Incoming Mazzoni Center CEO: ‘I want to hear what the staff has to say’


 Lydia Gonzalez Sciarrino is making history this month as the first straight ally to lead Mazzoni Center.

 “I feel honored about that,” Gonzalez Sciarrino told PGN in her first public comments since her hiring. “I look forward to this opportunity to be a greater advocate for the LGBT community.”

 Gonzalez Sciarrino said she was “ecstatic and thrilled” after receiving a phone call earlier this month notifying her she was selected to be Mazzoni Center’s new CEO. She said a five-month, national search took place prior to her being offered the position.

“It was a very extensive vetting process,” she noted. “I feel honored.”

Gonzalez Sciarrino, 50, cited her career in non-profit work as one of the reasons she applied for the CEO position. “I’ve always been for the marginalized — for the individual that other people don’t give a chance.”

The incoming CEO has worked for six non-profits over the course of her career. “I get enjoyment and self-fulfillment from working for non-profits. The mission of an organization is very important to me.”

Gonzalez Sciarrino’s last post was CEO at the Whole Family Health Center in Ft. Hood, Fla., where she said she helped stabilize and expand the agency. “I put a structure in place and formalized policies and procedures,” she said. “I also established a chain of command.”

Mazzoni Center, which turns 40 next year, is a comprehensive LGBT-focused health center based in South Philadelphia. The center has 35,000 clients and an annual budget of $16.5 million, $6 million of which is comprised of federal grants. The balance comes from revenue generated through the health center and private-development funding.

An estimated 20-25 percent of the clientele is non-LGBT, said Larry Benjamin, Mazzoni Center’s director of communications.

Last year, Mazzoni Center was plagued by published reports of systemic racism, mismanagement and dysfunction. In April 2017, Robert Winn resigned as medical director amid charges of sexual misconduct. CEO Nurit Shein was asked by the board of directors to resign later that month, following accusations of delayed action on Winn’s alleged misconduct.

Mazzoni Center “has had a tough year,” Gonzalez-Sciarrino said. “But the organization has exceptional employees. In the midst of everything that’s happened, they’re still there.”

Shein, an out lesbian, led the organization for 22 years. Her annual salary and compensation at the time of her departure in April 2017 was roughly $183,000, according to published reports.

Gonzalez Sciarrino said her annual salary will eventually be released to the press. “We’re still in the process of finalizing the details of my employment, which will begin on April 2,” she said.

Gonzalez Sciarrino said she has no plans to reach out to Shein for advice, but she’s been in contact with interim CEO Stephen Glassman to facilitate the transition.

Glassman “will be a resource for me. Also, there are many leaders within the organization that I will consult.”

She’s also the first Latinx individual to lead Mazzoni. “Every experience I’ve had will help me in this new position,” she said. “I want everyone to feel welcome and included at Mazzoni.”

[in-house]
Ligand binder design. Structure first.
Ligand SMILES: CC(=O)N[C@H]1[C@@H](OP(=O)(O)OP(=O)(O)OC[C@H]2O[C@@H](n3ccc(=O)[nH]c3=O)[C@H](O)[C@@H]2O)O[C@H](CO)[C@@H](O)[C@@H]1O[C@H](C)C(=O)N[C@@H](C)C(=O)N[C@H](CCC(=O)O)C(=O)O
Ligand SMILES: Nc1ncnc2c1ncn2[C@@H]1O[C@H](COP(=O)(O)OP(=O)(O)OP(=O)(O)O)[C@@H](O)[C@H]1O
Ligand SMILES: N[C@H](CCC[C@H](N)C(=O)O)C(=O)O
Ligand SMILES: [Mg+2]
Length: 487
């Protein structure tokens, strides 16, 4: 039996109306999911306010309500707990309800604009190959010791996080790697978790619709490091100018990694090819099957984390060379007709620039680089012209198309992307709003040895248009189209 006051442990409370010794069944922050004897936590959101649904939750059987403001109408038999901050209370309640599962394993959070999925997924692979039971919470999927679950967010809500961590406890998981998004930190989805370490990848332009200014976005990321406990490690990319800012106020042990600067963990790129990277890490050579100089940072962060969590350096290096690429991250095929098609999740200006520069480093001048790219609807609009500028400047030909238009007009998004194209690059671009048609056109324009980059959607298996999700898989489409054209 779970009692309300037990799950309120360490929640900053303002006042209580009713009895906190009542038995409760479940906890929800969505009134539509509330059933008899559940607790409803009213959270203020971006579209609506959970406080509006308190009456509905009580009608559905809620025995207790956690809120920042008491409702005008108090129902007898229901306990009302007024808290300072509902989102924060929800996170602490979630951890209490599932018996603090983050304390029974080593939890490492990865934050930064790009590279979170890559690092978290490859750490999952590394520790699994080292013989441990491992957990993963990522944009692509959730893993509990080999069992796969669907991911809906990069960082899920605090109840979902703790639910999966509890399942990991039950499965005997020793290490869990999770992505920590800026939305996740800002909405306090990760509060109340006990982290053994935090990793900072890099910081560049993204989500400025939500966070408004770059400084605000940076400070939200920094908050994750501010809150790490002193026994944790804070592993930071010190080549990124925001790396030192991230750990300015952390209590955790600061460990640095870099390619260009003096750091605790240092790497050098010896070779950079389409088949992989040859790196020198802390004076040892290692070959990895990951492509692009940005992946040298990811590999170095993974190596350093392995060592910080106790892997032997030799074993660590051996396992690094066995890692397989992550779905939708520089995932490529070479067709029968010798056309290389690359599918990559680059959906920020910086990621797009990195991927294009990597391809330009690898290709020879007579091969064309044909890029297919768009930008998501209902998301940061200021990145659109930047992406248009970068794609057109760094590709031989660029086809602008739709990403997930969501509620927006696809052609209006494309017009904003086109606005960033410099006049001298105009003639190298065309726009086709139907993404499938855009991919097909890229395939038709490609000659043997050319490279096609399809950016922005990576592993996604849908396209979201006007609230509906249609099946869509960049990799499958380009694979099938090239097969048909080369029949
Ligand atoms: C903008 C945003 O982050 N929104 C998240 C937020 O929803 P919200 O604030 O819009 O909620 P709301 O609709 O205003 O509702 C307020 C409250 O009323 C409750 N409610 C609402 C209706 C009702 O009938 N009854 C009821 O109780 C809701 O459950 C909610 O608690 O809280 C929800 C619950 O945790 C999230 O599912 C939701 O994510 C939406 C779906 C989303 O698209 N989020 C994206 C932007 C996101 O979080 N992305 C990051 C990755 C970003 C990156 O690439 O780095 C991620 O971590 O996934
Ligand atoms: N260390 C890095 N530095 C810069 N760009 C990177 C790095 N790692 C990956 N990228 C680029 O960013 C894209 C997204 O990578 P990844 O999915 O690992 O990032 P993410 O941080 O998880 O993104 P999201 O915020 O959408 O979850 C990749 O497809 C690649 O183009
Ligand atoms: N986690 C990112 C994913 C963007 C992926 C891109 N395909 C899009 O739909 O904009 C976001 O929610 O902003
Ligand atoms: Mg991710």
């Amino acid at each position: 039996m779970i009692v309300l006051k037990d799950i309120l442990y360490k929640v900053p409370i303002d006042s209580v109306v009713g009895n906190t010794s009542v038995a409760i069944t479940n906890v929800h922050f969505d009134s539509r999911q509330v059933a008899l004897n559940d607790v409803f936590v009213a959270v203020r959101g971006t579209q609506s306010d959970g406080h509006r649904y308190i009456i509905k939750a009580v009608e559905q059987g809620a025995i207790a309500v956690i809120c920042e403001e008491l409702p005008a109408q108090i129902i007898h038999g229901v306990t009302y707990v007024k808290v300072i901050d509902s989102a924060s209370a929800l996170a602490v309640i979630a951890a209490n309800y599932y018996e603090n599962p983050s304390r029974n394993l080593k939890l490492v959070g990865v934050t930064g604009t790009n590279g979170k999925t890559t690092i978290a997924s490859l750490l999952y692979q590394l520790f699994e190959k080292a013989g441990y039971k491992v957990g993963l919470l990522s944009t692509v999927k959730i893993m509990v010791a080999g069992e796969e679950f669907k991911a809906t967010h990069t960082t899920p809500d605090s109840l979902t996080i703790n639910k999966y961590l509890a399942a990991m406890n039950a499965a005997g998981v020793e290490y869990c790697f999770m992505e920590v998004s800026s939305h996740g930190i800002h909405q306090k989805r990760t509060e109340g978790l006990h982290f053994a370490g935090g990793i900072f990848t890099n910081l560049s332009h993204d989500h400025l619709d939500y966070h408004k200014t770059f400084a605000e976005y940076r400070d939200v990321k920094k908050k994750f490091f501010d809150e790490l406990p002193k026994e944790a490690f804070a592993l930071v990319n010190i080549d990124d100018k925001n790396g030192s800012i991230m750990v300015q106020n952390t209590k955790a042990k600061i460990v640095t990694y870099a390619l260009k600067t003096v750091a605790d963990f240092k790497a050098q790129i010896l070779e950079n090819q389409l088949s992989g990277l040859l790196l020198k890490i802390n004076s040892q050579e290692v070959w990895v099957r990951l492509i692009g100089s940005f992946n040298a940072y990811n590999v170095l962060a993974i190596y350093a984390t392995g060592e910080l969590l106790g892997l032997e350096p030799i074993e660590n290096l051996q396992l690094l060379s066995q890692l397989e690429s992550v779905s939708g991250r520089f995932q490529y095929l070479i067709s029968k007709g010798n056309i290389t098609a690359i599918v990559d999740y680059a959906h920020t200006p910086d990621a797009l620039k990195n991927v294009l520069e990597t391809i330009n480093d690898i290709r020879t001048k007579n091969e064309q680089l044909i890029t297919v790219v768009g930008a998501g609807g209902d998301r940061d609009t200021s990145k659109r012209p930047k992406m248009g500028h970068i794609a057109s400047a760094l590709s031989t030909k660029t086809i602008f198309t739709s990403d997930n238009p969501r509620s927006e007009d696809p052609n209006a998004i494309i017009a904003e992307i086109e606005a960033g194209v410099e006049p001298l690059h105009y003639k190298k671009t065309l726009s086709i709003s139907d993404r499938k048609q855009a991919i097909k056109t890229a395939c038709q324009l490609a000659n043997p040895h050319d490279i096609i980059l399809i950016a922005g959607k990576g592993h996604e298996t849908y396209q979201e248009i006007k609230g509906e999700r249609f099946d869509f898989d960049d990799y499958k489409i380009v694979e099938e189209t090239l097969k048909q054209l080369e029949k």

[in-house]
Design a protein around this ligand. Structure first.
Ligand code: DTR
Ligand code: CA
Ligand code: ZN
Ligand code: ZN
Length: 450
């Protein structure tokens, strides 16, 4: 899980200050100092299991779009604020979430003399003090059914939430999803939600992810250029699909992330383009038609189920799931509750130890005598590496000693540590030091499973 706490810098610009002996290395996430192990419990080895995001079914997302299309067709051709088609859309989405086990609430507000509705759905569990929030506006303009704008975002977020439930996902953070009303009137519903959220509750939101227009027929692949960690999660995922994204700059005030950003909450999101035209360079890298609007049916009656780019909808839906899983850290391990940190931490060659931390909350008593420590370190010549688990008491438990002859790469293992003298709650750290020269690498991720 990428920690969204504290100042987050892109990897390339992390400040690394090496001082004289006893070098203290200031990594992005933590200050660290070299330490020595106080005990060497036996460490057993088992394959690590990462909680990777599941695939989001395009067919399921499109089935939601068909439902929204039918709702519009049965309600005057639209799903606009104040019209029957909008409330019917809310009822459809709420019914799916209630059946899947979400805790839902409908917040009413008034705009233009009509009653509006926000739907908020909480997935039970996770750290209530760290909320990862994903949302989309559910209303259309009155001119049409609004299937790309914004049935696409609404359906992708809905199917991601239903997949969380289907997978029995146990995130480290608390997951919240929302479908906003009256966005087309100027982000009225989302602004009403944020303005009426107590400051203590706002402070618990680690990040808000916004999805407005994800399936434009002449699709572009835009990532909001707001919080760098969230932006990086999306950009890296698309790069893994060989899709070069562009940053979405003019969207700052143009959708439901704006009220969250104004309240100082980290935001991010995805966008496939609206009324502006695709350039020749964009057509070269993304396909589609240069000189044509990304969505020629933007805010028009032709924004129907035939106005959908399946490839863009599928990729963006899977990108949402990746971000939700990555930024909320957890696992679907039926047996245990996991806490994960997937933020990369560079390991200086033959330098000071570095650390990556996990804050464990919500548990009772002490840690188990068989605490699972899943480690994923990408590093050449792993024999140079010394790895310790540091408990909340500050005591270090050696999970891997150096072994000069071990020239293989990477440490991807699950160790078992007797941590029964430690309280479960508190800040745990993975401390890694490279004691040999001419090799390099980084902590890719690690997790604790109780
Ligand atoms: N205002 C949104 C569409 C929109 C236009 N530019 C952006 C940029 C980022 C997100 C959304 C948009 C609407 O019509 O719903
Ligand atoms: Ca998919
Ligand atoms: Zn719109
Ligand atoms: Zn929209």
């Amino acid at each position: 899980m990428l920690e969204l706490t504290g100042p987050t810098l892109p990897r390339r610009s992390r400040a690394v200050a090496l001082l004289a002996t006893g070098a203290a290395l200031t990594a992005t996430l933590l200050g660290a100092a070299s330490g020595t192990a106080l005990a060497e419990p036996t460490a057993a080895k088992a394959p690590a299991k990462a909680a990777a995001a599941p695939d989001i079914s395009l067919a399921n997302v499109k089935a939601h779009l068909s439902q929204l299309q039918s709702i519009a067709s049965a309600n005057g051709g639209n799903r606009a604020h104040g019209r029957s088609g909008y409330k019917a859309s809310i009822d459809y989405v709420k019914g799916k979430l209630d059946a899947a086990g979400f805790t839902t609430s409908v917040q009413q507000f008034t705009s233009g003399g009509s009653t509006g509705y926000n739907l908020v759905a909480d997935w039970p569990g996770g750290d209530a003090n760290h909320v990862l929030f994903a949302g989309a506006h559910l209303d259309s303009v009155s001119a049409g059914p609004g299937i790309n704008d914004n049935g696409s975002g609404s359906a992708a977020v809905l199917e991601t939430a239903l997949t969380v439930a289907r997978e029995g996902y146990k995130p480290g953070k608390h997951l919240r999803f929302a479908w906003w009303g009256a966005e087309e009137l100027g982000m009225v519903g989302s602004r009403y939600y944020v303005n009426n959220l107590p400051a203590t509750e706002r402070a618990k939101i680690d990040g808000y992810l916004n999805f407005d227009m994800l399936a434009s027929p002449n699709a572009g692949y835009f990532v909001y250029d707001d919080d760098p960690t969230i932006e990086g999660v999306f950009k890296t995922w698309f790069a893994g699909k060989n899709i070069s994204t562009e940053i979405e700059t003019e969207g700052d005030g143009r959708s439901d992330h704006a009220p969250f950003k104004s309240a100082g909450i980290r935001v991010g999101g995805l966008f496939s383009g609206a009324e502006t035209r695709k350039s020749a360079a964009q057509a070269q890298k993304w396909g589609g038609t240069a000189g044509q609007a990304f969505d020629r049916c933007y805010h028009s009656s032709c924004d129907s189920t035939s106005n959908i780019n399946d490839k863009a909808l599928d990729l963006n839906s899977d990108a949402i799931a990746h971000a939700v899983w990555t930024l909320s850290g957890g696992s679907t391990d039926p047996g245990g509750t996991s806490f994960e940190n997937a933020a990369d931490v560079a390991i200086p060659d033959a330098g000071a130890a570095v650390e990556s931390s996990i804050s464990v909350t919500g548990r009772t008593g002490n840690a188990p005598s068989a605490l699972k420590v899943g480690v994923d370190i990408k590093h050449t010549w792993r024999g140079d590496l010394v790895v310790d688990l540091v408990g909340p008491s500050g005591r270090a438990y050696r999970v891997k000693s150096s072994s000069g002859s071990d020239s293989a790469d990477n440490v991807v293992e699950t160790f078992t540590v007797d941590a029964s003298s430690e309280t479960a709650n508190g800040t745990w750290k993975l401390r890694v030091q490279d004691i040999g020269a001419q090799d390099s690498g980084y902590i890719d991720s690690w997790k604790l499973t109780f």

Last September, Mazzoni Center employees voted 51-34 to unionize, organizing under the the Service Employees International Union (the SEIU).

Gonzalez Sciarrino said she doesn’t view the union negatively. “I will work with union reps; that’s not an issue at all. Union negotiations don’t have to be acrimonious. We’re all working to make positive changes in the organization.”

She said she hasn’t yet visited Mazzoni Center’s new $13.5 million building on Bainbridge Street, but said she will tour the facility on her first day, April 2.

Gonzalez Sciarrino was asked her vision for Mazzoni Center’s future. “I have my own thoughts, but I want to hear what the staff has to say. I view them as individuals who know better what their clients need, want and wish for.”

She also expressed excitement about leading Mazzoni Center when it celebrates its 40th birthday in June 2019. “I will not let the organization down,” she said.

Gonzalez Sciarrino grew up in Puerto Rico, but moved to Erie, Pa. at the age of 20, where she attended Gannon University. She received a Bachelor of Science degree in finance from the university in 1989.

Two years later, Gonzalez Sciarrino received a master’s degree in finance and accounting from Case Western Reserve University in Cleveland.

Her last day at Whole Family was Feb. 2 and she recently moved to Philadelphia, where her husband Anthony Sciarrino was already living.

Anthony Sciarrino is a local attorney who specializes in the insurance field. The couple has been married for 24 years. “He’s a beautiful human being and a consummate professional,” she said. They don’t have any children.

Gonzalez Sciarrino and her husband are currently renting an apartment in the Art Museum area, but hope to eventually purchase property in the city, she said.

With her professional background and education, Gonzalez Sciarrino said she chose to continue in the non-profit field rather than working in the corporate world. Mazzoni Center aligns with her core values, she said, one of which is to improve the lives of others.

“It’s a good fit for me,” she said.

“I view myself as someone who’s made a decision to go against the current, on a lot of issues.”